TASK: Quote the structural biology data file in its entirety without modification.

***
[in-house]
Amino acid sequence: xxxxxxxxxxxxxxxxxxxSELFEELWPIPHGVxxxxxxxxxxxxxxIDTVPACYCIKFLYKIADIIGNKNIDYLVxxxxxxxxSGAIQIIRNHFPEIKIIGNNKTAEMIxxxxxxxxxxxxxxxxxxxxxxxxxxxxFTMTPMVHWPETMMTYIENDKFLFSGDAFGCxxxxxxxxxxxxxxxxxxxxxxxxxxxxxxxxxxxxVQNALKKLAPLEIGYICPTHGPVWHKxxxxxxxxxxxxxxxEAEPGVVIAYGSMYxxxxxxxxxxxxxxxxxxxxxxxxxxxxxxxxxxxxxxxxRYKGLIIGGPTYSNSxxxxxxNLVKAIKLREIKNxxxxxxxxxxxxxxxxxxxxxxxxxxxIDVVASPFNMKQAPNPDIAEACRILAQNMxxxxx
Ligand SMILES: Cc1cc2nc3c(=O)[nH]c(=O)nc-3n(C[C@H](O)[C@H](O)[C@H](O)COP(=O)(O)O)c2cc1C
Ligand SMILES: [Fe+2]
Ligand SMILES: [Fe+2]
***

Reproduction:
[in-house]
Amino acid sequence: xxxxxxxxxxxxxxxxxxxSELFEELWPIPHGVxxxxxxxxxxxxxxIDTVPACYCIKFLYKIADIIGNKNIDYLVxxxxxxxxSGAIQIIRNHFPEIKIIGNNKTAEMIxxxxxxxxxxxxxxxxxxxxxxxxxxxxFTMTPMVHWPETMMTYIENDKFLFSGDAFGCxxxxxxxxxxxxxxxxxxxxxxxxxxxxxxxxxxxxVQNALKKLAPLEIGYICPTHGPVWHKxxxxxxxxxxxxxxxEAEPGVVIAYGSMYxxxxxxxxxxxxxxxxxxxxxxxxxxxxxxxxxxxxxxxxRYKGLIIGGPTYSNSxxxxxxNLVKAIKLREIKNxxxxxxxxxxxxxxxxxxxxxxxxxxxIDVVASPFNMKQAPNPDIAEACRILAQNMxxxxx
Ligand SMILES: Cc1cc2nc3c(=O)[nH]c(=O)nc-3n(C[C@H](O)[C@H](O)[C@H](O)COP(=O)(O)O)c2cc1C
Ligand SMILES: [Fe+2]
Ligand SMILES: [Fe+2]